First things first: Thank you *so* much for coming!
Global Female Leaders 2017 was an amazing experience, and while our company may manage the organisational tasks, it is you who make this a special event. We are back in our Eschborn office now, exhausted, but also very happy. And we wanted to take this opportunity to look back on three fantastic days.
Did you expect this much emotion at an economic forum?
Events like these always harbour an upbeat atmosphere of inspiration, progress and help us to look into the future. It is rare, however, that they give us insights in genuinely touching projects, stories, or even business models. But Global Female Leaders 2017 did exactly that. There are so many great examples that come to mind when illustrating this point, that it is almost unfair to choose among them. Of course, in case you saw it, you will remember Samantha Payne’s Spotlight Session and the joy her start-up brings to children having to grow up missing a limb. Seeing the videos of the children using her bionic hands with so much happiness is a treasured memory that will stay with us for a long time. Another powerful event was Sharmeen Obaid-Chinoy’s speech at the China Club. It is always sad to see how much injustice and cruelty still plagues our world, and that makes her work oh so important. And, of course, a bit more on the bright side were the Icebreaker Think Tanks on Sunday, be it Jocelyn B. Smith’s “Sing” Tank or Nicole Rolet’s inspiring session on changing your life.
AI and robotics in the spotlight
Among the many groundbreaking topics the most interesting (and potentially game-changing) one was probably the issue of artificial intelligence, robotics and automation in general. It is the development that influences everything that is happening today in society, be it work, important fields like healthcare, and even elections. Because of that it was just appropriate that almost every discussion was informed by this issue, every subject we tackled somehow influenced by it.
And let’s face it, there are a lot of questions that need to be answered:
- How will we deal with the shift in the labour markets? Automation will lead to a need for people to develop skills that enable them to do work that requires creativity, social skills and expertise in working with smart robots. Meanwhile, repetitive manual tasks will mostly be done by machines and the workforce might shrink. How will we organise work in our companies in the future? And how will we organise it (as well as not working) as a society?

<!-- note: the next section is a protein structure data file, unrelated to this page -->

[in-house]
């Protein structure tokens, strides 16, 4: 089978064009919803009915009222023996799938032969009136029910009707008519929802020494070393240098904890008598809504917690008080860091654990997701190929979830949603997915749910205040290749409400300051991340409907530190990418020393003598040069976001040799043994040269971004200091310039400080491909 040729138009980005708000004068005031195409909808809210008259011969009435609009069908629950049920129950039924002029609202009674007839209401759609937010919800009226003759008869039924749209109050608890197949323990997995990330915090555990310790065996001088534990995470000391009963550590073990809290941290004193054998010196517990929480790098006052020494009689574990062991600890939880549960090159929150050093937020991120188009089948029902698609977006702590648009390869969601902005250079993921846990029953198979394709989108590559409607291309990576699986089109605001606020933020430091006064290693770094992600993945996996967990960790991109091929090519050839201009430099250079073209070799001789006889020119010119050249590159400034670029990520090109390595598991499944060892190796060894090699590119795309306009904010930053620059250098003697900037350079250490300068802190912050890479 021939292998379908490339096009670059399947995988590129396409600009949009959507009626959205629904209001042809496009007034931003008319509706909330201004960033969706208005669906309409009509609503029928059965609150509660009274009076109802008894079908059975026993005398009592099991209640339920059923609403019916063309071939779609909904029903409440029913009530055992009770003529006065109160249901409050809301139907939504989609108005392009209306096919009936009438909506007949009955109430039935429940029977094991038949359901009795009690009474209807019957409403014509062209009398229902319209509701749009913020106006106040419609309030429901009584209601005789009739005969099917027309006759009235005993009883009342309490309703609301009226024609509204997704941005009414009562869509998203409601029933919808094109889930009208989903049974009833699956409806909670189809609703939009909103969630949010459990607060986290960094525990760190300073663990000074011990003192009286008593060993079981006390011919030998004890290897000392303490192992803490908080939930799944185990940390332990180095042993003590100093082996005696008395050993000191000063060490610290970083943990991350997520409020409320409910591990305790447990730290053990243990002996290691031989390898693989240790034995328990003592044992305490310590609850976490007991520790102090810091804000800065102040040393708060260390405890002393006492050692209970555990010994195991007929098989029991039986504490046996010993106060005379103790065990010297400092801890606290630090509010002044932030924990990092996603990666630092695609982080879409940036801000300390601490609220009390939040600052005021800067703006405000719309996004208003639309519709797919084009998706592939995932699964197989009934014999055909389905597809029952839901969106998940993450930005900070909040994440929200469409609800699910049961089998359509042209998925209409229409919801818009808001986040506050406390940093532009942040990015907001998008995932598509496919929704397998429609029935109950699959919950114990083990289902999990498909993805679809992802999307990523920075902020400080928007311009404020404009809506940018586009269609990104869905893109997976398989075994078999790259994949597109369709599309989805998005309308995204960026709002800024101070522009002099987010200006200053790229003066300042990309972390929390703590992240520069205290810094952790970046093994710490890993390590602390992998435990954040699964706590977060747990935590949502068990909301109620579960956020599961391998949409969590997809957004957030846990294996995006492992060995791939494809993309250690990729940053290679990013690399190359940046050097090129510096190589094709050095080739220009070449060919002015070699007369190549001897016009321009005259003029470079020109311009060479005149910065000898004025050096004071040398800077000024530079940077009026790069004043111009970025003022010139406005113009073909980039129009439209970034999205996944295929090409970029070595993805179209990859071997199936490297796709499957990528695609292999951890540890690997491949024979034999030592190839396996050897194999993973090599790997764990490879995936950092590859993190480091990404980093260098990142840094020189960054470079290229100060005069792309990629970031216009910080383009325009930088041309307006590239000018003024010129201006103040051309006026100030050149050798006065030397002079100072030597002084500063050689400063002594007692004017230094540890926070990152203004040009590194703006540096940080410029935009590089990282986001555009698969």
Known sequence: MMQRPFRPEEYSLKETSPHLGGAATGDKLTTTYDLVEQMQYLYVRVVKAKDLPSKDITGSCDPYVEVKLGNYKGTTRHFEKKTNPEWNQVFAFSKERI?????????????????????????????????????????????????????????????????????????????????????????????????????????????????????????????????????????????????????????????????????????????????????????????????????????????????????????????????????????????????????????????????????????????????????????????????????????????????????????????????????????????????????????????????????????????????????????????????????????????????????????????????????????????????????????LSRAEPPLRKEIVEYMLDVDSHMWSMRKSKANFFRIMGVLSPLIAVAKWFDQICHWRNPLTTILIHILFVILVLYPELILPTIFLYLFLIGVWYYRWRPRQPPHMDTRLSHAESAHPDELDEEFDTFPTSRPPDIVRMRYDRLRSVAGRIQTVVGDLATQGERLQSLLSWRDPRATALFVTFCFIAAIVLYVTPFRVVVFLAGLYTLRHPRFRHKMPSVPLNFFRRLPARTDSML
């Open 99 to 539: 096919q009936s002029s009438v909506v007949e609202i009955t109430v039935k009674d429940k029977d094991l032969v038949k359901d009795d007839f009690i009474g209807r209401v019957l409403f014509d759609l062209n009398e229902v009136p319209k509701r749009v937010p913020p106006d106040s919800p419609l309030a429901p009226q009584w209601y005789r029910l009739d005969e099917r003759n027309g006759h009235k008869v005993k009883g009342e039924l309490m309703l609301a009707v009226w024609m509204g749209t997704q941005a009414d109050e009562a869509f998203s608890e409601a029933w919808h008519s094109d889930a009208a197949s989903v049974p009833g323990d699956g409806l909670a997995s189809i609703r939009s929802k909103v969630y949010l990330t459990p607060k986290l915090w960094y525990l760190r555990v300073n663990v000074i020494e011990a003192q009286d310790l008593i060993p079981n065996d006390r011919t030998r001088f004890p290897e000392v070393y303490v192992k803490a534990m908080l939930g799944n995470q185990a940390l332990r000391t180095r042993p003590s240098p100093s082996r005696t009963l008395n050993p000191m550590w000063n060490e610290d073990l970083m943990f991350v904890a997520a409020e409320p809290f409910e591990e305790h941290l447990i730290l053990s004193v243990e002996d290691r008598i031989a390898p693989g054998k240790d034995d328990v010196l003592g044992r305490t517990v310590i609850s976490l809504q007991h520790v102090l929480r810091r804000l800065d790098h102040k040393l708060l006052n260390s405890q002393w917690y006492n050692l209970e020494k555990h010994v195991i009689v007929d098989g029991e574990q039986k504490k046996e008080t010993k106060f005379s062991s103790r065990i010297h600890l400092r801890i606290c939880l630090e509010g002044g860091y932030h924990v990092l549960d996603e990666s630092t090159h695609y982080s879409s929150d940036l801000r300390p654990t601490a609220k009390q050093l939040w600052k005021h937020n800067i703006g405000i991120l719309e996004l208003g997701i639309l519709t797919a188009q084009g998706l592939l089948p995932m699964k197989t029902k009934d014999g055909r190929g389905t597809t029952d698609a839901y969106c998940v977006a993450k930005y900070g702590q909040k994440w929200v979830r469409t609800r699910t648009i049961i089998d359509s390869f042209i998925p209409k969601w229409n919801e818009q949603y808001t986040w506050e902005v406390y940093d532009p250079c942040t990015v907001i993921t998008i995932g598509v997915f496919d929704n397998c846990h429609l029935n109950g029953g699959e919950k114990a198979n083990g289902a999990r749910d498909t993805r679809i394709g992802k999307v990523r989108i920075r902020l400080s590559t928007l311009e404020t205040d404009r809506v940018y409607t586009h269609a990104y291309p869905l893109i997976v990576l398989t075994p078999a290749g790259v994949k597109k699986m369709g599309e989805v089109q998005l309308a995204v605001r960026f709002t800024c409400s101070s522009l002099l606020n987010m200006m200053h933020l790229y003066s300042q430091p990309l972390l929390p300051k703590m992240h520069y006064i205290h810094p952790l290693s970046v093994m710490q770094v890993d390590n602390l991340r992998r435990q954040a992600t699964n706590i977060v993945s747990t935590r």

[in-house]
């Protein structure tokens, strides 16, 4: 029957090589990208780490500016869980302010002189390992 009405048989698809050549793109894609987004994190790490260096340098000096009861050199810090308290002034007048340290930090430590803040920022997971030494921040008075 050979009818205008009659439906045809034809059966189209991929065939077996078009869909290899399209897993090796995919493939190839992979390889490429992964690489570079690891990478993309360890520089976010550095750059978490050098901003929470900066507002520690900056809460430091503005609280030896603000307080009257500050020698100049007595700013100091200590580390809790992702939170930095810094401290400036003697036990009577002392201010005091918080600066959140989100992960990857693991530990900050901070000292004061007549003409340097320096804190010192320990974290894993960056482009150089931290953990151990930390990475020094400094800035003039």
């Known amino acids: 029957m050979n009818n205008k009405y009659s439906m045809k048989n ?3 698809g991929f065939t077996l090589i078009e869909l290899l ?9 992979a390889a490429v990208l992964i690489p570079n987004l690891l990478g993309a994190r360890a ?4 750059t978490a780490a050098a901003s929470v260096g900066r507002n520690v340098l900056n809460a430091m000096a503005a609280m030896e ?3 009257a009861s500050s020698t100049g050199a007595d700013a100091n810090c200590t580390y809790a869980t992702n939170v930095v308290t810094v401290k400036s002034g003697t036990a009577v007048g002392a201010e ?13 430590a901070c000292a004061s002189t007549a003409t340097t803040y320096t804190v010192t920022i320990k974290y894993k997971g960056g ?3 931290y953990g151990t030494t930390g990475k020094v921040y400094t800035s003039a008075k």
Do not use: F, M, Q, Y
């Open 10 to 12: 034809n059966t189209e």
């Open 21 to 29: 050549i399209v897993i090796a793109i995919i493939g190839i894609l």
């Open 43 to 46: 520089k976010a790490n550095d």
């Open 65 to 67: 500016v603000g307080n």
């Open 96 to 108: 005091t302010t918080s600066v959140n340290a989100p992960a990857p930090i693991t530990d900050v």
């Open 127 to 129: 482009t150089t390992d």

- What could and should machines do? We talked a lot about how artificial intelligence can make smarter decisions in treating patients, for example when analysing x-ray images or prescribing the right medicine. But can AI lead and make decisions for us? When it comes to using data in order to find the best way to move forward it probably can! However, what are the ethical implications of this?
- Where shouldn’t we use artificial intelligence? Is it wise to be able to use it in electoral campaigns in order to influence people more effectively? The campaigns of Trump and President Obama made the most proficient use of these possibilities in their respective elections, and they account for the last three wins in one of the most important democracies in the world. But looking at filter bubbles, fake news and social media algorithms this might just not be the best way to keep a population informed during an election.
Of course, AI and robotics provide us with huge potential to do a lot of things better, i.e. organising and automating our cities, supply chains, or informing complex tasks in fields like medicine. But they will cause a big disruption in virtually any field we know. And this is why they will surely stay as a focal point of our debate until Global Female Leaders 2018.
New challenges for leaders in the coming years
One thing is certain: the role of leaders will change drastically during the upcoming years. And it has to. It should have changed already to be honest. In the digitised world organisations have to stay fast, agile and innovative. The workforce will be more diverse, consisting of employees who value working autonomously, who want to enjoy a healthy work-life balance, and who are used to having opinions and having them respected. This is because today, even in developing countries, many people will grow up with their own smartphone as well as the means to use the internet everywhere they go. And this is already disrupting most international companies we know.
Gone are the days when leaders could steer “their” companies top-down in any direction they wanted to. The markets, technologies and many innovations that impact them almost daily make for a complex business environment. And leaders that want to control everything themselves, make every decision themselves only serve as bottlenecks that slow down their companies. Concerning this topic Linda Sharkey who authored “The Future-proof Workplace” made some great points during her Insight Presentation on Tuesday. Linda inspired lots of excitement and we are eager to see how organisations will change over the coming years.
Gala Dinners, Cocktail Receptions and Think Tanks
Like every year, the true highlights of the event were the many great networking opportunities. The China Club and the Ritz-Carlton in Berlin are great places to wine and dine and to engage in stimulating discussion. Also we tried to organise such a variety of interesting Think Tanks that we hope everyone of you could take a deep dive in highly relevant topics. All in all, we really enjoyed this years event, the relaxed atmosphere during the reception on Sunday and Monday’s gala dinner, as well as the many interesting conversations we had with you.
We hope all of you had a safe trip home, and we are really looking forward to 2018!